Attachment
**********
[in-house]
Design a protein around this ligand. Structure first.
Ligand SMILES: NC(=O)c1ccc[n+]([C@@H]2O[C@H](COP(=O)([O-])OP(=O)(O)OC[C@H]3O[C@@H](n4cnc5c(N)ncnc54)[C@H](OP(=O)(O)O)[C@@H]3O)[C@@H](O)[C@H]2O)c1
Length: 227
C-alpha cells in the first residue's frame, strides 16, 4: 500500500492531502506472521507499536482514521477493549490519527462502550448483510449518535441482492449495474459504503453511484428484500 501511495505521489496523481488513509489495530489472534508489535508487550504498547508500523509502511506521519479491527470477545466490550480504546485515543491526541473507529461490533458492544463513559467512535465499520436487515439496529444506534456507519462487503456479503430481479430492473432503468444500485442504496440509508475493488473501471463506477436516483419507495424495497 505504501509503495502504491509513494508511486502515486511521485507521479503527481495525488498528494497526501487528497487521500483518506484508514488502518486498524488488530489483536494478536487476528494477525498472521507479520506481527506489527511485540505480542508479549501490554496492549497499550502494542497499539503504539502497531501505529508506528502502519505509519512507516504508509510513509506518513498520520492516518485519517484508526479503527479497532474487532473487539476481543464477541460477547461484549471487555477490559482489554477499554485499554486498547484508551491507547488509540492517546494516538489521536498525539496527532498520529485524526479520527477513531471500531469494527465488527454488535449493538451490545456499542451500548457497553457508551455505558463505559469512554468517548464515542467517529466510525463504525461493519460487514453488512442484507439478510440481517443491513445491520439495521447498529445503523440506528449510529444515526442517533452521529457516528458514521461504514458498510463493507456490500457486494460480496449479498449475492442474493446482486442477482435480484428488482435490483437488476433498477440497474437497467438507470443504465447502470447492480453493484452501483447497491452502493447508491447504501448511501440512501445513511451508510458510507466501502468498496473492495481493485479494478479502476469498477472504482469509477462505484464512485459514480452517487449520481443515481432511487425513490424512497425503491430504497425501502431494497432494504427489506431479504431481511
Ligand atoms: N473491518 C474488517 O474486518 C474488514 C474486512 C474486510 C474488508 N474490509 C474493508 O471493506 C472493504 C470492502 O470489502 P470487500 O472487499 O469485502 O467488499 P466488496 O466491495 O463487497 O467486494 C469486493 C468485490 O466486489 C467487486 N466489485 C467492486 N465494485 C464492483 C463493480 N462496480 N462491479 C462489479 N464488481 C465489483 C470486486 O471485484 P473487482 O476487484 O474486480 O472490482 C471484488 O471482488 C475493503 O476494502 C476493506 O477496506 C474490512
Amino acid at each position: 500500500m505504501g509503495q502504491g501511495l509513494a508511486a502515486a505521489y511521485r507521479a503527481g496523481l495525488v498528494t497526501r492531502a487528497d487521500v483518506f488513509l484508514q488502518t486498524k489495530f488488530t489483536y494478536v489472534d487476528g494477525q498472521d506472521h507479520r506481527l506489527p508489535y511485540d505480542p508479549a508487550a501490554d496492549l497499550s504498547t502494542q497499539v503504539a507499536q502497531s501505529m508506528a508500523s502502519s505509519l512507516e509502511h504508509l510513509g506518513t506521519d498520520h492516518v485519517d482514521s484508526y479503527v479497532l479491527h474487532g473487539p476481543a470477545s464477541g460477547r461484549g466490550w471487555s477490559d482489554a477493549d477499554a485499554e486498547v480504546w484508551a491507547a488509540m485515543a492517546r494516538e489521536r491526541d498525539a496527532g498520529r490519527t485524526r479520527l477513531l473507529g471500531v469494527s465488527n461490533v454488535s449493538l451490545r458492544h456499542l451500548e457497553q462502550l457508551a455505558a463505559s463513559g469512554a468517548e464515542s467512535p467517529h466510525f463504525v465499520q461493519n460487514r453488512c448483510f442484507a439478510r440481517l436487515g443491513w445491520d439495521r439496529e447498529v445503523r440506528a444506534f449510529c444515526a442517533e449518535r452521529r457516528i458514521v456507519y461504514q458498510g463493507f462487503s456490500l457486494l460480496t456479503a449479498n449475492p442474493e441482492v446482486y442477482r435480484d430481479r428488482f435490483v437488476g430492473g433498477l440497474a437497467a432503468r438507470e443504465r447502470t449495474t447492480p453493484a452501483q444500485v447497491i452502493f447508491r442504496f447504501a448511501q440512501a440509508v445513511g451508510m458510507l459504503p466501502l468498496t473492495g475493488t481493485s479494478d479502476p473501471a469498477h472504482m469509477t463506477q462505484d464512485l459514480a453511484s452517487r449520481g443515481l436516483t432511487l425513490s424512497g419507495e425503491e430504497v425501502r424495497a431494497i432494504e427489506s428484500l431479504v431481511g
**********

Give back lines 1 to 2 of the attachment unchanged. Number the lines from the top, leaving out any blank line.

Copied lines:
[in-house]
Design a protein around this ligand. Structure first.